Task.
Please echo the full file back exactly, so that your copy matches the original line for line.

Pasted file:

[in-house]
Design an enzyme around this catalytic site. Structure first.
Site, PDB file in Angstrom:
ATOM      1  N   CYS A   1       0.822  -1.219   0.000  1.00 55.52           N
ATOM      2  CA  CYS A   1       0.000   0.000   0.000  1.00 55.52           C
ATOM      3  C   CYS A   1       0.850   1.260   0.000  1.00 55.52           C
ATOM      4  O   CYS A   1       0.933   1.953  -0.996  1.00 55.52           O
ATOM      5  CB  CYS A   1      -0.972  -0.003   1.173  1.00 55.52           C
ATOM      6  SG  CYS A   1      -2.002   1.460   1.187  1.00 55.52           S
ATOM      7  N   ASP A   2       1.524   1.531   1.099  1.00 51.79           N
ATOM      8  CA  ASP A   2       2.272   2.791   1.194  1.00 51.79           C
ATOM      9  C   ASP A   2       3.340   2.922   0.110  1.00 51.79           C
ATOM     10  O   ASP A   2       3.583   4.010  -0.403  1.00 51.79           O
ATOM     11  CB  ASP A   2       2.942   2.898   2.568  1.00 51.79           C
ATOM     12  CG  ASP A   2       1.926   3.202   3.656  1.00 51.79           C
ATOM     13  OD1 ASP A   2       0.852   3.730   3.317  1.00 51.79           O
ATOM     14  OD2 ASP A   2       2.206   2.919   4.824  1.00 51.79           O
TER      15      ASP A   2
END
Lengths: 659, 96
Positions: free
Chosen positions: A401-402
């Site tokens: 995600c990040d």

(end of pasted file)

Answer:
[in-house]
Design an enzyme around this catalytic site. Structure first.
Site, PDB file in Angstrom:
ATOM      1  N   CYS A   1       0.822  -1.219   0.000  1.00 55.52           N
ATOM      2  CA  CYS A   1       0.000   0.000   0.000  1.00 55.52           C
ATOM      3  C   CYS A   1       0.850   1.260   0.000  1.00 55.52           C
ATOM      4  O   CYS A   1       0.933   1.953  -0.996  1.00 55.52           O
ATOM      5  CB  CYS A   1      -0.972  -0.003   1.173  1.00 55.52           C
ATOM      6  SG  CYS A   1      -2.002   1.460   1.187  1.00 55.52           S
ATOM      7  N   ASP A   2       1.524   1.531   1.099  1.00 51.79           N
ATOM      8  CA  ASP A   2       2.272   2.791   1.194  1.00 51.79           C
ATOM      9  C   ASP A   2       3.340   2.922   0.110  1.00 51.79           C
ATOM     10  O   ASP A   2       3.583   4.010  -0.403  1.00 51.79           O
ATOM     11  CB  ASP A   2       2.942   2.898   2.568  1.00 51.79           C
ATOM     12  CG  ASP A   2       1.926   3.202   3.656  1.00 51.79           C
ATOM     13  OD1 ASP A   2       0.852   3.730   3.317  1.00 51.79           O
ATOM     14  OD2 ASP A   2       2.206   2.919   4.824  1.00 51.79           O
TER      15      ASP A   2
END
Lengths: 659, 96
Positions: free
Chosen positions: A401-402
């Site tokens: 995600c990040d």